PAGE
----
This is a 10-credit point unit and has been designed to ensure that the time needed to complete the required volume of learning to the requisite standard is approximately 150 hours in total across the semester. To achieve a passing standard in this unit, students will find it helpful to engage in the full range of learning activities and assessments utilised in this unit, as described in the learning and teaching strategy and the assessment strategy. The learning and teaching and assessment strategies include a range of approaches to support your learning such as reading, reflection, discussion, webinars, podcasts, video etc. 

Assessment strategy and rationale

The practical assessments in this unit allow students to engage incrementally with the process of project development and planning applying the theory they learn in a practical way. Students will be guided as they move through the required steps. Building towards the final project proposal, students will begin with a preliminary project plan that identifies the problem, undertakes a stakeholder analysis and proposes the aims, outcomes, deliverables and activities for the project. Students present the project to their class as a pitch providing opportunities for peer evaluation and learning. The project scope will be developed through to conclusion via a full project proposal. The schedule provides scaffolded learning with opportunities for students to practise their skills and receive feedback as they work incrementally on their proposal applying the skills they learn each week. Students’ understanding of project management theories and practices will be assessed using online activities.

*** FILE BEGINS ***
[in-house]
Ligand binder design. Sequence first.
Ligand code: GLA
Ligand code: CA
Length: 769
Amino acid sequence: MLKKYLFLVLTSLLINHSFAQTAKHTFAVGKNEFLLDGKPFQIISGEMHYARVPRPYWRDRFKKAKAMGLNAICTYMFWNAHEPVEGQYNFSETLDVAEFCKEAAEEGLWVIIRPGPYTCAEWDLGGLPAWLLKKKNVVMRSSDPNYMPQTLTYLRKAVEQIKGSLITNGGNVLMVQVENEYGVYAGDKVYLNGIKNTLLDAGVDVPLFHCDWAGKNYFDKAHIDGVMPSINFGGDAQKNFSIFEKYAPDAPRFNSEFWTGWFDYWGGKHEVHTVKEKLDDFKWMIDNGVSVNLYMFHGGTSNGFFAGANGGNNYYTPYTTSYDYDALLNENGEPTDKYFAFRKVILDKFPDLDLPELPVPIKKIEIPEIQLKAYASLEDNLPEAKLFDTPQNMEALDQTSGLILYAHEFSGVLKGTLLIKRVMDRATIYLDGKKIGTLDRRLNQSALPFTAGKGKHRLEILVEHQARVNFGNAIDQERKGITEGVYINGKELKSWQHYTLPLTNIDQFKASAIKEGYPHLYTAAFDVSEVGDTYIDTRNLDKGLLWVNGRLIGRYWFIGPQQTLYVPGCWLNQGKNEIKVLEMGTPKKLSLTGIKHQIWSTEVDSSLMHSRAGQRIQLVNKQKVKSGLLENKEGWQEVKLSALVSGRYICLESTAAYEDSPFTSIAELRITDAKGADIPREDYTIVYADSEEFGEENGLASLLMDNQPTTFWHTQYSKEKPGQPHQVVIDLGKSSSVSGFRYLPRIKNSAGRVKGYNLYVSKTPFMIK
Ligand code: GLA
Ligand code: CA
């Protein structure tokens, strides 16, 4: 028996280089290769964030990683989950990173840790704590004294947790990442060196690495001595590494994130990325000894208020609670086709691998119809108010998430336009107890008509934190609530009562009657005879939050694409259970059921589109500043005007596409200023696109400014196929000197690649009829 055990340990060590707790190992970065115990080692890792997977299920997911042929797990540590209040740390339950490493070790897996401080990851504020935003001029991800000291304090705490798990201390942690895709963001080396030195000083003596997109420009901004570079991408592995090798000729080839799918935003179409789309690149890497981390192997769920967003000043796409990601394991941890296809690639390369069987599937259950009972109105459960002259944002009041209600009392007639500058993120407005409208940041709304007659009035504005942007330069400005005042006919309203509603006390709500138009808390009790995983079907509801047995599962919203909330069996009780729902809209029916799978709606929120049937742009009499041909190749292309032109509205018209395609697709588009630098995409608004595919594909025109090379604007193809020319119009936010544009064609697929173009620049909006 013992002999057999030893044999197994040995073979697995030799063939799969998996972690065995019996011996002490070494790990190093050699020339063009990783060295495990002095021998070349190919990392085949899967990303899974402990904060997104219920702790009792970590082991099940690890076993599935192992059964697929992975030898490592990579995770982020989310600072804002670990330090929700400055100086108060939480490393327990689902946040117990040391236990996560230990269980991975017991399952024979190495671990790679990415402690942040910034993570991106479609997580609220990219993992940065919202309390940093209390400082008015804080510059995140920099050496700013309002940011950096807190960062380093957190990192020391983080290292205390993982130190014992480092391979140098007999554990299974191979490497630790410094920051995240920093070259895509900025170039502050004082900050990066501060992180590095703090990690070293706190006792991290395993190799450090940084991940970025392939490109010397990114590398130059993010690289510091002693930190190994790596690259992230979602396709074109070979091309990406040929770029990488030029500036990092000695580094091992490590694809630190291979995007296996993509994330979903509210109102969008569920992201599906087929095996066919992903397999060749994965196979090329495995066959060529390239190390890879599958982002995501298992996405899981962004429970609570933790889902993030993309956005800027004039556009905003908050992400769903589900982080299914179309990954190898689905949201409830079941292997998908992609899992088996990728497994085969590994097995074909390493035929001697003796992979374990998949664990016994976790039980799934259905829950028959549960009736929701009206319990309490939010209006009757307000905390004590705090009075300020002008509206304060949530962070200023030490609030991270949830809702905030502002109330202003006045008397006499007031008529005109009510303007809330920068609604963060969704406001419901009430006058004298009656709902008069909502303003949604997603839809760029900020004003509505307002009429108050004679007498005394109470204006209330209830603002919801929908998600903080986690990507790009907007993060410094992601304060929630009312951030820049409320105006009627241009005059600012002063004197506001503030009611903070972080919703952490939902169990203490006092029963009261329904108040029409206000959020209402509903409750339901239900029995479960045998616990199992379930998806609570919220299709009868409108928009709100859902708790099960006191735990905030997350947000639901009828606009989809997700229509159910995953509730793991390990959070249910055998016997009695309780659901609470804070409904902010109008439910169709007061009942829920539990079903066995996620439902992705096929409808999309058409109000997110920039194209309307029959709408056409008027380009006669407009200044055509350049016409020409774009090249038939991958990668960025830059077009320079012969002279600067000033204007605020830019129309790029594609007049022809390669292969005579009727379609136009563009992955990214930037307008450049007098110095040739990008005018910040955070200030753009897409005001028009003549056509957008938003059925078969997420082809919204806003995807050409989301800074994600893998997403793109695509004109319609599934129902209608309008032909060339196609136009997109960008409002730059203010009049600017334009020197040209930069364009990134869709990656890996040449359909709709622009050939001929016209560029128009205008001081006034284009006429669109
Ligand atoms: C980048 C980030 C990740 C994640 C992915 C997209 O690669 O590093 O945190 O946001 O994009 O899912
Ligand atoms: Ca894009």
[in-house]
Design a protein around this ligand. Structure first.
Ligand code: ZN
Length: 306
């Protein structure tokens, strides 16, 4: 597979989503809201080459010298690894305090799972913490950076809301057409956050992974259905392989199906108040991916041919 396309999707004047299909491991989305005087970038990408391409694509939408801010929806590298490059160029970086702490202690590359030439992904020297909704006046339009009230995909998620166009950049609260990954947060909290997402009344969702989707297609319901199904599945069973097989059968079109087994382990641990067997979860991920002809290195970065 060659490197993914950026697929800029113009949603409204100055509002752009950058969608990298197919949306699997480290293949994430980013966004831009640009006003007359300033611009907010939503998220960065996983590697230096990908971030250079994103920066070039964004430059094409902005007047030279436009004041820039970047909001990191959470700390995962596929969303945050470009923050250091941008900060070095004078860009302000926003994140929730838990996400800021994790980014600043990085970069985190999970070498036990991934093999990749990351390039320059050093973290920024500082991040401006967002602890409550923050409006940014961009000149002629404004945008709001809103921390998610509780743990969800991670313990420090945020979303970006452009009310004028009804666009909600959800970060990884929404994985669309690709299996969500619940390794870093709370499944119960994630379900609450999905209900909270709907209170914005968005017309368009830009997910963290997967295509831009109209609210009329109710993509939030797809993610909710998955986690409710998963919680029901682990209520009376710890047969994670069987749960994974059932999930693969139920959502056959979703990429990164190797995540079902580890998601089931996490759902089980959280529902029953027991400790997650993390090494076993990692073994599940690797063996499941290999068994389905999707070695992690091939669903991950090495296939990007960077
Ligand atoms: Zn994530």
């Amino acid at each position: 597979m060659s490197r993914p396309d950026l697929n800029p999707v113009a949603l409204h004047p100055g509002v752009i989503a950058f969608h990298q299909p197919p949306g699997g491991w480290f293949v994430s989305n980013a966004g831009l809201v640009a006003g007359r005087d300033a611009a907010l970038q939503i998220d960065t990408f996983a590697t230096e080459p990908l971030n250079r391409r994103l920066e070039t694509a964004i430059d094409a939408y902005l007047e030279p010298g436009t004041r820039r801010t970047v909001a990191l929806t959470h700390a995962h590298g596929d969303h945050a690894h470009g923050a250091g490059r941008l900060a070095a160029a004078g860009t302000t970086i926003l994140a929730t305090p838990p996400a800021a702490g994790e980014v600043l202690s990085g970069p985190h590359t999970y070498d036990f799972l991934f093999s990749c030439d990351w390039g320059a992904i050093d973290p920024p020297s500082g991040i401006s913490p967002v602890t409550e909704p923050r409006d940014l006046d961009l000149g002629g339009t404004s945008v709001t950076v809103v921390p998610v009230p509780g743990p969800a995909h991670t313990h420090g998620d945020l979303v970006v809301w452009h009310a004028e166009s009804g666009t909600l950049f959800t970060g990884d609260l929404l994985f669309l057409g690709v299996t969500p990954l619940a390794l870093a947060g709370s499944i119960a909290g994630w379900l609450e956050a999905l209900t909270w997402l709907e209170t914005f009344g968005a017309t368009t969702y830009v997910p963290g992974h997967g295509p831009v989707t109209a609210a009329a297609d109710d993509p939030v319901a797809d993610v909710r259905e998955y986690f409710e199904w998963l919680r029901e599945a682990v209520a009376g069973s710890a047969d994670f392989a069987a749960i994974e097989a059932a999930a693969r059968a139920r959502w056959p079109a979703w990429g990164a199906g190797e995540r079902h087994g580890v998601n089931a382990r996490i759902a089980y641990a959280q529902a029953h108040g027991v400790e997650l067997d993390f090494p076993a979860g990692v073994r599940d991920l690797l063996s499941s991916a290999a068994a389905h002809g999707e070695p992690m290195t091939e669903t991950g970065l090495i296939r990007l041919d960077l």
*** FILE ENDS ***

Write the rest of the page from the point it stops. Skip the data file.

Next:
Overview of assessments

Brief Description of Kind and Purpose of Assessment TasksWeightingLearning Outcomes

Online Activities

The purpose of the online activities is to assess students’ understanding of the theories and practices applicable to managing international development projects.


LO1, LO2

Project Preliminary Plan and Presentation

The purpose of this assessment task is to allow students to pitch their project highlighting the rationale, aims and objectives for the project and how their plan will achieve the outcomes wanted by stakeholders.


LO1, LO2, LO3

Project Proposal

The purpose of this assessment task is to design and develop a full project proposal including rationale, logical framework, schedule, budget, and risk management plan.


LO2, LO3, LO4

Representative texts and references

Golini, R., & Landoni, P. (2013). International development projects: Peculiarities and managerial approaches. Project Management Institute Inc., USA.

Golini, R., Landoni P.,& Kalchschmidt, M. (2018) The adoption of the logical framework in international development projects: a survey of nongovernmental organizations, Impact Assessment and Project Appraisal, 36:2, 145-154, DOI: 10.1080/14615517.2017.1354643

Ika, L., & Donnelly, J. (2017). Success conditions for international development capacity building projects. Project Management (35), 44-63.

Julian, R. (2016). Is it for donors or locals? The relationship between stakeholder interest and demonstrating results in international development. International Journal of Managing Projects in Business, 9(3), 505-527

PM4DEV (2019). Project Management for Development Organisations - Resources. Available from

PM4DEV (2015). Development Project Management. Available from

PM4DEV (2019). Project Risk Management. Available from

Schmidt, T. (2013). Strategic project management made simple: Practical tools for leaders and teams. Hoboken, N.J: Wiley.